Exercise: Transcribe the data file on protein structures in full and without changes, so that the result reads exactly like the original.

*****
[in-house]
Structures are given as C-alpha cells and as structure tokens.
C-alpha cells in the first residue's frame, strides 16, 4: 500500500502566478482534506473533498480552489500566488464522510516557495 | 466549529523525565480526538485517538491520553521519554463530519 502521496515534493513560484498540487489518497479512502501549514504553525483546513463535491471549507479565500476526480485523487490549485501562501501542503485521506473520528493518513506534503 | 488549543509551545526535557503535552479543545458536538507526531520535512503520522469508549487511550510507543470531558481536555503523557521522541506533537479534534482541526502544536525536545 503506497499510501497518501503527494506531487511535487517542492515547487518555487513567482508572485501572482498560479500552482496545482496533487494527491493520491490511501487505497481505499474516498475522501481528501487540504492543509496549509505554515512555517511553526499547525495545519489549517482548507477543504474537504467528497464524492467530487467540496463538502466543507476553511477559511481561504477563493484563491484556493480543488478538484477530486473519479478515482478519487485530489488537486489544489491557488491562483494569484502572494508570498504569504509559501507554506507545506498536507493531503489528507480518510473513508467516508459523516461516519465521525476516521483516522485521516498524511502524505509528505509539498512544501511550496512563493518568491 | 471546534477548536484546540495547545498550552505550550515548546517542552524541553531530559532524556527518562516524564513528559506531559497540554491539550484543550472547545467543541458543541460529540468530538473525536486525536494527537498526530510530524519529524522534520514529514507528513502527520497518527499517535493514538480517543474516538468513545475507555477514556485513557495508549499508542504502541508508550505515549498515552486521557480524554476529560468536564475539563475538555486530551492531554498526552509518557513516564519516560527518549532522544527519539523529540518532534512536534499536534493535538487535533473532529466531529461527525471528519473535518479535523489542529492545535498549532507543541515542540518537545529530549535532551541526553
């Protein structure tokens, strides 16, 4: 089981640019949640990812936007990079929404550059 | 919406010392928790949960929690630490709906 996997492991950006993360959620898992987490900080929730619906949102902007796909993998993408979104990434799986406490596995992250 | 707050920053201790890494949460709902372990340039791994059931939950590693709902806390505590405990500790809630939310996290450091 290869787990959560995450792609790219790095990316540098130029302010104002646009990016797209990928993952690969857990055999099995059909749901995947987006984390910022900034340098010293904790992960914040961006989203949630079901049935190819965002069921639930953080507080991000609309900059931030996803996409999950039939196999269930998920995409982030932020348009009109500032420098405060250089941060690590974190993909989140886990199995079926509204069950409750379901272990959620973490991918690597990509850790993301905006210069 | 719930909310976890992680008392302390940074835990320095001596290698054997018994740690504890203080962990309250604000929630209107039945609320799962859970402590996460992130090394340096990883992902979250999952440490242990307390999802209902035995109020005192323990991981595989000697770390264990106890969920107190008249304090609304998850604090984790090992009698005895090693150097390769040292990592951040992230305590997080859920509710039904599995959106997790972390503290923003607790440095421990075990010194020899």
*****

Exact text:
[in-house]
Structures are given as C-alpha cells and as structure tokens.
C-alpha cells in the first residue's frame, strides 16, 4: 500500500502566478482534506473533498480552489500566488464522510516557495 | 466549529523525565480526538485517538491520553521519554463530519 502521496515534493513560484498540487489518497479512502501549514504553525483546513463535491471549507479565500476526480485523487490549485501562501501542503485521506473520528493518513506534503 | 488549543509551545526535557503535552479543545458536538507526531520535512503520522469508549487511550510507543470531558481536555503523557521522541506533537479534534482541526502544536525536545 503506497499510501497518501503527494506531487511535487517542492515547487518555487513567482508572485501572482498560479500552482496545482496533487494527491493520491490511501487505497481505499474516498475522501481528501487540504492543509496549509505554515512555517511553526499547525495545519489549517482548507477543504474537504467528497464524492467530487467540496463538502466543507476553511477559511481561504477563493484563491484556493480543488478538484477530486473519479478515482478519487485530489488537486489544489491557488491562483494569484502572494508570498504569504509559501507554506507545506498536507493531503489528507480518510473513508467516508459523516461516519465521525476516521483516522485521516498524511502524505509528505509539498512544501511550496512563493518568491 | 471546534477548536484546540495547545498550552505550550515548546517542552524541553531530559532524556527518562516524564513528559506531559497540554491539550484543550472547545467543541458543541460529540468530538473525536486525536494527537498526530510530524519529524522534520514529514507528513502527520497518527499517535493514538480517543474516538468513545475507555477514556485513557495508549499508542504502541508508550505515549498515552486521557480524554476529560468536564475539563475538555486530551492531554498526552509518557513516564519516560527518549532522544527519539523529540518532534512536534499536534493535538487535533473532529466531529461527525471528519473535518479535523489542529492545535498549532507543541515542540518537545529530549535532551541526553
């Protein structure tokens, strides 16, 4: 089981640019949640990812936007990079929404550059 | 919406010392928790949960929690630490709906 996997492991950006993360959620898992987490900080929730619906949102902007796909993998993408979104990434799986406490596995992250 | 707050920053201790890494949460709902372990340039791994059931939950590693709902806390505590405990500790809630939310996290450091 290869787990959560995450792609790219790095990316540098130029302010104002646009990016797209990928993952690969857990055999099995059909749901995947987006984390910022900034340098010293904790992960914040961006989203949630079901049935190819965002069921639930953080507080991000609309900059931030996803996409999950039939196999269930998920995409982030932020348009009109500032420098405060250089941060690590974190993909989140886990199995079926509204069950409750379901272990959620973490991918690597990509850790993301905006210069 | 719930909310976890992680008392302390940074835990320095001596290698054997018994740690504890203080962990309250604000929630209107039945609320799962859970402590996460992130090394340096990883992902979250999952440490242990307390999802209902035995109020005192323990991981595989000697770390264990106890969920107190008249304090609304998850604090984790090992009698005895090693150097390769040292990592951040992230305590997080859920509710039904599995959106997790972390503290923003607790440095421990075990010194020899």